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RON ROZELLE is the author of nine books, including the memoir Into that Good Night, a finalist for the PEN Prize, and was the recipient of the Robert A. Calvert Book Prize for My Boys and Girls are in There: The 1937 New London School Disaster. He lives in Lake Jackson, Texas.
Texas A&M University Press
Hardcover, 978-1623495862 (Also available as paperback and ebook), 232 pages, $29.95
December 13, 2017
Reviewed by Si Dunn
Most Texans recall how Gen. Sam Houston was a hero of the 1836 revolution that brought Texas independence from Mexico. Some likewise remember that Houston was a key figure in both the Republic of Texas's formation and Texas becoming America’s twenty-eighth state in 1845.
But, as Lake Jackson author-historian Ron Rozelle highlights in this engrossing examination of Sam Houston’s final years, the great hero’s accomplishments quickly were hurled aside when he tried to stop Texas from leaving the Union and joining the Confederacy in 1861.
Rozelle writes: “He had been a general of the highest rank, twice the president of a republic, the governor of two states [Tennessee and Texas], a senator, congressman, official ambassador of and to the tribal nations, and a potentially viable candidate, more than once, for the office of president of the United States.”
The often-flamboyant Houston also had gained other labels. “He was called many things in his time: hero, patriot, traitor, firebrand, maverick, Indian lover, genius, drunkard, and liberator.”
Exiled: The Last Days of Sam Houston examines events, issues, family relationships, and life decisions leading up to Houston’s expulsion as Texas governor once he refused to pledge loyalty to the Confederacy just before the Civil War. The book then follows Houston and his family into exile in East Texas, including Huntsville, where he would die just two years later, an old man worn down by pneumonia and lingering 1836 war wounds, plus the harsh changes to his fortunes and the world around him.
Ironically, following his ouster, Houston supported his eldest son’s decision to enlist in the Confederate Army. Houston even took fatherly pride in Sam Jr.’s training and appearance in uniform.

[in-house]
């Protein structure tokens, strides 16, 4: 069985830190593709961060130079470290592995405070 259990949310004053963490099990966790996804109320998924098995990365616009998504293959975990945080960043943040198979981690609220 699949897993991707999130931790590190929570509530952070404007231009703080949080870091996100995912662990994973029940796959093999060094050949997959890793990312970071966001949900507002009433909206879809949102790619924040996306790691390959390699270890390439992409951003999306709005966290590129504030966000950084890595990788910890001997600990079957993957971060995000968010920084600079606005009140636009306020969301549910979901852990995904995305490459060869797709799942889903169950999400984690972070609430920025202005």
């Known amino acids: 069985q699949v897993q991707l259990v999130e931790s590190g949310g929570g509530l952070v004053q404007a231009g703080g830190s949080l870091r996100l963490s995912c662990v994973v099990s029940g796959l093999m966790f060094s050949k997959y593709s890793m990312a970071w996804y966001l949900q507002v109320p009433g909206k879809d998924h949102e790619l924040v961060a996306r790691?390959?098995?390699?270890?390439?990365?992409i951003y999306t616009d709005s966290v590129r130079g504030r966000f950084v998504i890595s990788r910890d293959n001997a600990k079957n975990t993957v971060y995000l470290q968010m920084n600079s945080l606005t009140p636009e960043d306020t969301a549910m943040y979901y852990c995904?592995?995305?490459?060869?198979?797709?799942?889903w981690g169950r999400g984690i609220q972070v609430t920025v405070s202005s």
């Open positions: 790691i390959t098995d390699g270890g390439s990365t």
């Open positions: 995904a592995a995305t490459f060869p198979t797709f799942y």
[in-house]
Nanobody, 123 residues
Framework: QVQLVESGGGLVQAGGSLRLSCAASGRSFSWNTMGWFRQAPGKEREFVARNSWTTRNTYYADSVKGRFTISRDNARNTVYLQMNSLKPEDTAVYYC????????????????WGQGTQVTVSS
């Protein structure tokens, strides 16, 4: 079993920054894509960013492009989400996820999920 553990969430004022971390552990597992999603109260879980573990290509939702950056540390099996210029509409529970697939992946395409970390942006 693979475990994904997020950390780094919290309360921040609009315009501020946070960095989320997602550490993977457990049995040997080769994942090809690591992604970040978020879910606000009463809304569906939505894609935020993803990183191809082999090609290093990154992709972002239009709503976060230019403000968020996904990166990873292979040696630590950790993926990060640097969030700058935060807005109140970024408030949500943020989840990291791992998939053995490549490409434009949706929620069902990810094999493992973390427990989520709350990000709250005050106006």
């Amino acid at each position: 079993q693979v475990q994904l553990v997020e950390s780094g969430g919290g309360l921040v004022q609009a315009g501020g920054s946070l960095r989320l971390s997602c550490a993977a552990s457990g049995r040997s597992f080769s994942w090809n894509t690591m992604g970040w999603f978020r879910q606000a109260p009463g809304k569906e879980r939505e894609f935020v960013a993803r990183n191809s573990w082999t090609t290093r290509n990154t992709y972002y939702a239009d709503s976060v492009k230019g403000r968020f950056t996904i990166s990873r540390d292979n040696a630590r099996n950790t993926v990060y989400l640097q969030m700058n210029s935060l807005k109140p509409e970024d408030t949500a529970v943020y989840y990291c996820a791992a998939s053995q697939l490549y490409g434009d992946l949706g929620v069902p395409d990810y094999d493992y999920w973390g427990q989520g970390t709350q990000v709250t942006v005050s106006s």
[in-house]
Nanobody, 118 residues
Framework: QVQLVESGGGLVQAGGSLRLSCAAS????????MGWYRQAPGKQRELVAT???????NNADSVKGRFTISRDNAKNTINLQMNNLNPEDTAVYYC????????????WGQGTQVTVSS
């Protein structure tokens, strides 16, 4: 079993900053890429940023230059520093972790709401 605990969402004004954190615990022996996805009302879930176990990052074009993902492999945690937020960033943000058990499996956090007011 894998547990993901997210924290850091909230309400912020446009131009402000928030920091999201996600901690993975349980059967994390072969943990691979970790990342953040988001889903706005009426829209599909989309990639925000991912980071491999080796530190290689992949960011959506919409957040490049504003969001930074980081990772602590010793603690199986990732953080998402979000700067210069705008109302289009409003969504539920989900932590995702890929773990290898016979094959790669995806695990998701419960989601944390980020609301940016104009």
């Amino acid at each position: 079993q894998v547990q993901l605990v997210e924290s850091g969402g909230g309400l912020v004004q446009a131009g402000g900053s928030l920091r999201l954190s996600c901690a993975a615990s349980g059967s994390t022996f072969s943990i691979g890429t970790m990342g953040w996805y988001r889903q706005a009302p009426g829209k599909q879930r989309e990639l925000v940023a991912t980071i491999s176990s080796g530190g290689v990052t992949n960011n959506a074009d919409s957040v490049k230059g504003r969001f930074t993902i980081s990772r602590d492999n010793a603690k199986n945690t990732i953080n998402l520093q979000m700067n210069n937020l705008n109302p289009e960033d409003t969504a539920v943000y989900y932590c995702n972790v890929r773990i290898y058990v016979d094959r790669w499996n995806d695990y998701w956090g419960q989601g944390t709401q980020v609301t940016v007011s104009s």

The path to Sam Houston’s downfall, the author contends, was set well before the Civil War, when Houston became one of two U.S. senators from Texas in 1846. Rozelle writes that Houston quickly found himself “at odds with other senators of both his party and geographical region, not on the issue of slavery, which he defended as an absolute economic necessity in the South, but as a vocal champion of Indian rights and a steadfast defender of keeping the Union bound tightly together through any storm that might threaten it.”
Rozelle notes that “[a]t times” in his book, “suppositions are made in the narrative—based always on the established characteristics and beliefs of the subjects and the mores and realities of the era — to better relate the time and place, but no actual events were altered and no characters introduced who never existed.”
He also emphasizes that “every effort was made to locate and document facts and figures in sources both primary—particularly original documents and hundreds of Houston’s personal letters—and secondary, including numerous biographies and histories.”
Nonetheless, a few Sam Houston scholars and aficionados may take issue with some contentions in Rozelle’s well-written book. However, Exiled is aimed also at a general audience. Many readers likely will gain enjoyable insights into one of America's most controversial and intriguing political leaders.
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Si Dunn is an Austin novelist, screenwriter, and book reviewer.
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